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Posted in: GOP frustrations with Trump mount as allies weigh options See in context


Holy crap, dude, calm down!

You seem to be implying that because the woman mispronounced, misspelled, or otherwise misused a word that she is stupid. Regardless of her level of intelligence - which I make no comment on - that seems pretty uncharitable.

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Posted in: GOP frustrations with Trump mount as allies weigh options See in context

Using Khan as bait to tempt and agitate Trump was thoughtless, calculating and racist as well as playing the race card, that's racism in itself and liberals are masters of the race card.

Thoughtless and calculating, at the same time no less. "Calculating" I will grant you, but I'm at a loss to understand the assertion that allowing the man to speak was "racist"; is that because he isn't white? Is giving a platform to non-whites considered "playing the race card" now? I imagine this is the reasoning given that - as with Obama and the recent police shootings - the current trend seems to be accuse anyone attempting to address preexisting racial issues "racist" agitators themselves. Better to sweep it all under the rug, eh? Got to maintain that status quo - I mean, it was all working so well for everyone, wasn't it?

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Posted in: GOP frustrations with Trump mount as allies weigh options See in context

It sounds like you are for one party rule with no opposition?

I can't speak for Zurcronium, but I as a proponent of the two party system I am also eager to see the current GOP destroyed. For the two party system to work, there needs to be two functional parties - the Republican party, however, has been severely dysfunctional for a very long time. Reagan's Big Tent has long since collapsed and the former occupants remain at each other's throats. Fiscal Conservatives, Big Business, Evangelicals and Theocons, Neocons, Libertarians, Tea Party insurgents - none of these groups are working together, and party "leaders" have been completely ineffectual in providing anything resembling leadership or direction. Instead, we have paralysis. The only thing keeping the GOP together is gerrymandered congressional districts and a (ridiculously exaggerated) shared hatred of Obama (a.k.a the "worst president ever"); the result has been an untenable level of obstruction which has made governing at the federal level increasingly impossible. So, the current GOP has to die; it's the only way that the party can be reborn - hopeful as functioning party with actual vision and direction - a party that actually stands for something rather than merely against everyone else. The establishment is a insurmountable impediment to that rebirth, so it has to go. In that sense, Trump is doing the party a big favor. However, Trump, and the cancerous, rage-fueled opposition he represents cannot be allowed to win either. There is no direction there, no vision - only reactionary bile: the dying last gasp of an aging, largely white and male (and often bigoted) class slowly losing its grip on power. Fortunately, I don't believe Trump can win, and it is my hope that he takes down the last decaying, culture-war entrenched remnants of the old GOP with him.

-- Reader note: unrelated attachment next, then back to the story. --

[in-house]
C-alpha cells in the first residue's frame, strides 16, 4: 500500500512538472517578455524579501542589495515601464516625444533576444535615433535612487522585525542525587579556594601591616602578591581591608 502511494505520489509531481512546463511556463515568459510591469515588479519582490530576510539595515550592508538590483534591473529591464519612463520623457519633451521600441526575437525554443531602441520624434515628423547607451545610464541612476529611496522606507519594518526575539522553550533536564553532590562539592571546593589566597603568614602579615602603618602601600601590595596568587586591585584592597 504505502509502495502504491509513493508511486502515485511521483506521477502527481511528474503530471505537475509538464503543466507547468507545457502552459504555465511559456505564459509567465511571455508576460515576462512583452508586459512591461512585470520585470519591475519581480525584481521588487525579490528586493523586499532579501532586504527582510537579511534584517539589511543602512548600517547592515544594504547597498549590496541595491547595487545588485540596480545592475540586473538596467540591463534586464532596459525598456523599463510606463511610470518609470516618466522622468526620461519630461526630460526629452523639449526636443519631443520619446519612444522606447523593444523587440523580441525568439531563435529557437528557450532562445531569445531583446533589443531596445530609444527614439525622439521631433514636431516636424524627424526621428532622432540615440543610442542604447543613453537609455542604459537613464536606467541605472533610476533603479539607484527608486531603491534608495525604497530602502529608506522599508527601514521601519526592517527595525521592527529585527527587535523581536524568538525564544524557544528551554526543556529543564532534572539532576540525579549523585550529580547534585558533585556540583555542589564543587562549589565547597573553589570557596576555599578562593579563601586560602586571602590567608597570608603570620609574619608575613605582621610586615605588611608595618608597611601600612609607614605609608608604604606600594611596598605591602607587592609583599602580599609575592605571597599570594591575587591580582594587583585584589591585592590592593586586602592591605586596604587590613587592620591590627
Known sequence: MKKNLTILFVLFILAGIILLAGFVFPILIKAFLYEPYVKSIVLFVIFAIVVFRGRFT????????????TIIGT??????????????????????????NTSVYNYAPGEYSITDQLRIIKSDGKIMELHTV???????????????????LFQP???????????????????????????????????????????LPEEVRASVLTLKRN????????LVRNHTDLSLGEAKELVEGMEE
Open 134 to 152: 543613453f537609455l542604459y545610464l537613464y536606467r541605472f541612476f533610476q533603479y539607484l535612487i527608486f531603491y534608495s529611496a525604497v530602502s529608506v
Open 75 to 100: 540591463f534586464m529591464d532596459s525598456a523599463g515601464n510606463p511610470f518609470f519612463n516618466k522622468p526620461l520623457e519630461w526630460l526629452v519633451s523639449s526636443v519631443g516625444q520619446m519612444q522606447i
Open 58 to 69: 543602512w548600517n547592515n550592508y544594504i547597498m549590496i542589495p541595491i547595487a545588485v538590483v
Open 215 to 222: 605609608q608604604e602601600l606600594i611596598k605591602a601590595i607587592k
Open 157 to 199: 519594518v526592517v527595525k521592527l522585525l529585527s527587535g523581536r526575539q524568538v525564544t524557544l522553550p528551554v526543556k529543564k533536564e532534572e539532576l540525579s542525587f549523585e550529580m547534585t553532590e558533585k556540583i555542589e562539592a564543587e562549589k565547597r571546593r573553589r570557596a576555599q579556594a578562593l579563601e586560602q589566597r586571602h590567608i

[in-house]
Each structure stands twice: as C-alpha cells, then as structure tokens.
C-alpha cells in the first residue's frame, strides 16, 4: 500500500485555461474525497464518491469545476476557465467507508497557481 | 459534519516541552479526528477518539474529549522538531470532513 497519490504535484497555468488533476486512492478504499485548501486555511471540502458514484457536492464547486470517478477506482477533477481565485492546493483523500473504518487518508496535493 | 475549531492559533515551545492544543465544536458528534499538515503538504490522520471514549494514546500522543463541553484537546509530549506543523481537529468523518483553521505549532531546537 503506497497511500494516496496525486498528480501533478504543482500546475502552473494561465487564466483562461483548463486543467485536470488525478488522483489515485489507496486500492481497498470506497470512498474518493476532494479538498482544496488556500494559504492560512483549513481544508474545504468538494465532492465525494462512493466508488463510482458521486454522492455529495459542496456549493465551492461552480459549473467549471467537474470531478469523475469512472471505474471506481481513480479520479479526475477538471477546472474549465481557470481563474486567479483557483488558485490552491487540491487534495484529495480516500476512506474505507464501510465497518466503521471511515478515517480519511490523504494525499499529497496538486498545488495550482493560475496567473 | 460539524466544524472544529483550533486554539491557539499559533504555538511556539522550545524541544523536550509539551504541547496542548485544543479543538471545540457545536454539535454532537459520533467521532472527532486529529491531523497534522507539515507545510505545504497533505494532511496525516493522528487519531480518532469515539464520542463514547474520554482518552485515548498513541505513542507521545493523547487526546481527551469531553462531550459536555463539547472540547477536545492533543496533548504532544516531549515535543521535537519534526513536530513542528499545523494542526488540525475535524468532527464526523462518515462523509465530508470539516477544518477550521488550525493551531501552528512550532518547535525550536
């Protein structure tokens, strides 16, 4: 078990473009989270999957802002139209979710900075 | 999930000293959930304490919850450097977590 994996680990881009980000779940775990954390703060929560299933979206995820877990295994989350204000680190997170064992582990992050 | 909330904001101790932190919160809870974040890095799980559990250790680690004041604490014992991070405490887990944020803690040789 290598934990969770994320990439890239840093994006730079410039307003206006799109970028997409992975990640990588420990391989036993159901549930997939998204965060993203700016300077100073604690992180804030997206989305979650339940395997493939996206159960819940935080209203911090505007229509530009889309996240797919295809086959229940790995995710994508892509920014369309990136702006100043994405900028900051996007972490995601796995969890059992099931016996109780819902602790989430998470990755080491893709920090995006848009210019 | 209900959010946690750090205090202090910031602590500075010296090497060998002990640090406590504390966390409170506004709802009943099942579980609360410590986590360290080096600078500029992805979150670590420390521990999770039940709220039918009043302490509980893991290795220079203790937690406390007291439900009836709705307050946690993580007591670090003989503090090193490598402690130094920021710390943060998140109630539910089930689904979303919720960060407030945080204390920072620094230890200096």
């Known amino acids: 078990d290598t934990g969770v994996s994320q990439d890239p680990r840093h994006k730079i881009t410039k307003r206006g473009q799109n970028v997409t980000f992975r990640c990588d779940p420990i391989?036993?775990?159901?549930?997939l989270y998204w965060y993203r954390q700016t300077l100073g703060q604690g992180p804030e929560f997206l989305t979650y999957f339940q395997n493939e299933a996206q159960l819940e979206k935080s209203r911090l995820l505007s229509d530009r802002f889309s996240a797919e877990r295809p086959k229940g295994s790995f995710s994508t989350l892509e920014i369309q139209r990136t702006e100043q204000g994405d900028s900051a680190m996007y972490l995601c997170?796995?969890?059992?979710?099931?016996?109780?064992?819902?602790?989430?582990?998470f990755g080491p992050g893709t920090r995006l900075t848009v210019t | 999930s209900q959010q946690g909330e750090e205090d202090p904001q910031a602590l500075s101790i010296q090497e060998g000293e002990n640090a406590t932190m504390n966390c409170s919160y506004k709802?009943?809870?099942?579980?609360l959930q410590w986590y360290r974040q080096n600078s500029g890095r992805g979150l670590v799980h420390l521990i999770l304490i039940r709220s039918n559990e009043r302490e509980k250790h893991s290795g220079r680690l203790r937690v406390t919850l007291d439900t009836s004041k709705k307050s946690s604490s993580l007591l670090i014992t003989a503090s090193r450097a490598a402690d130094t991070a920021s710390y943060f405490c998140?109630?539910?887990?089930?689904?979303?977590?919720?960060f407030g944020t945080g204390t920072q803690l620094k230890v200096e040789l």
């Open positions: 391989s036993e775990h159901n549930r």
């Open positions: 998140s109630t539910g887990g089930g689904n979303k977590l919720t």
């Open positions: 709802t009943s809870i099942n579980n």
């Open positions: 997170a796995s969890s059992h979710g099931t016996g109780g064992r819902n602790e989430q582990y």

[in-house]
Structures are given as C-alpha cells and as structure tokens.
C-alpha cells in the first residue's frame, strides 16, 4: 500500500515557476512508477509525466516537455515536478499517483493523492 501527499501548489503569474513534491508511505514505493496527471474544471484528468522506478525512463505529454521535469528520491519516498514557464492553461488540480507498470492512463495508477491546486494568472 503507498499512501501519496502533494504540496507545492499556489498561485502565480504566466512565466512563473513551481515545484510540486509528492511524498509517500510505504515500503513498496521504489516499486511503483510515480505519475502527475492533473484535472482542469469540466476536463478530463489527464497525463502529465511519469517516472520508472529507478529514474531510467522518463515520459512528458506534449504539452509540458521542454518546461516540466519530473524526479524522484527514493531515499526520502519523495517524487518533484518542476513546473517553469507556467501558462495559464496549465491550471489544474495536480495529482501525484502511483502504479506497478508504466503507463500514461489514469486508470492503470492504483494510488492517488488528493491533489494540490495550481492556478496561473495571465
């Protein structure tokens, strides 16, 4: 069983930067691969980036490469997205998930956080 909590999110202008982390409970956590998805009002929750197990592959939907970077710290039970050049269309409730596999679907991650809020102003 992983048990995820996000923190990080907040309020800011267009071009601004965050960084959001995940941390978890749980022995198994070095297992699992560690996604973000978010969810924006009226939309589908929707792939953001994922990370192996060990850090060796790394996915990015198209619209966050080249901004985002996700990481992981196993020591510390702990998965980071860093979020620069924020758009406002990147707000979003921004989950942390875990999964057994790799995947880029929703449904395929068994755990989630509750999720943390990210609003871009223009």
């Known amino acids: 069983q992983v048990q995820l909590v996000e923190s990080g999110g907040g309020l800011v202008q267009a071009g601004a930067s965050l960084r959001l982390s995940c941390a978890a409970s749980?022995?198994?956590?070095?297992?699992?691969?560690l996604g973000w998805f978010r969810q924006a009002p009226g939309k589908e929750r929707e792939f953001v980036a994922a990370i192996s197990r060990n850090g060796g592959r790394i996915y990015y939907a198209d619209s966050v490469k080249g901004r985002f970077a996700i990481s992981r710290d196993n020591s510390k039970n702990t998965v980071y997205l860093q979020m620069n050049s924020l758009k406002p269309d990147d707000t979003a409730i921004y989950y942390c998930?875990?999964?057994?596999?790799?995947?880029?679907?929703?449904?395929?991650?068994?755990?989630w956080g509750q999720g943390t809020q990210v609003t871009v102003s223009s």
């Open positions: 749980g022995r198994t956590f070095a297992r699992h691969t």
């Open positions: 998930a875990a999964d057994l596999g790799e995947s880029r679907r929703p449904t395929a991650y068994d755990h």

I consider myself to be a libertarian and an independent. I hold liberal views on some issues, conservative views on others. However, find myself increasingly forced to vote Democratic because the Republican party is utterly incapable of offering a viable, serious alternative. I, and voters like me, have been poorly served by the current GOP. I suspect the more conservative voters they profess to represent feel the same. (If it were otherwise, Trump would not be the current Republican nominee). A new Republican party is possible: the right has natural allies in the conservative black, latino, and asian populations, if it would only shed the mantel of the "party of racism." Libertarians and fiscal conservatives are here too, if only the paleocon "culture warriors" would put down their swords (or more-likely fall on them). Am I being too idealistic? Perhaps... but what I am sure of is that none of this is even possible until the old GOP dies. So, let it die, I say. We will all be better off for it.

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Posted in: Obama to head to Dallas as shooting rocks U.S. race relations See in context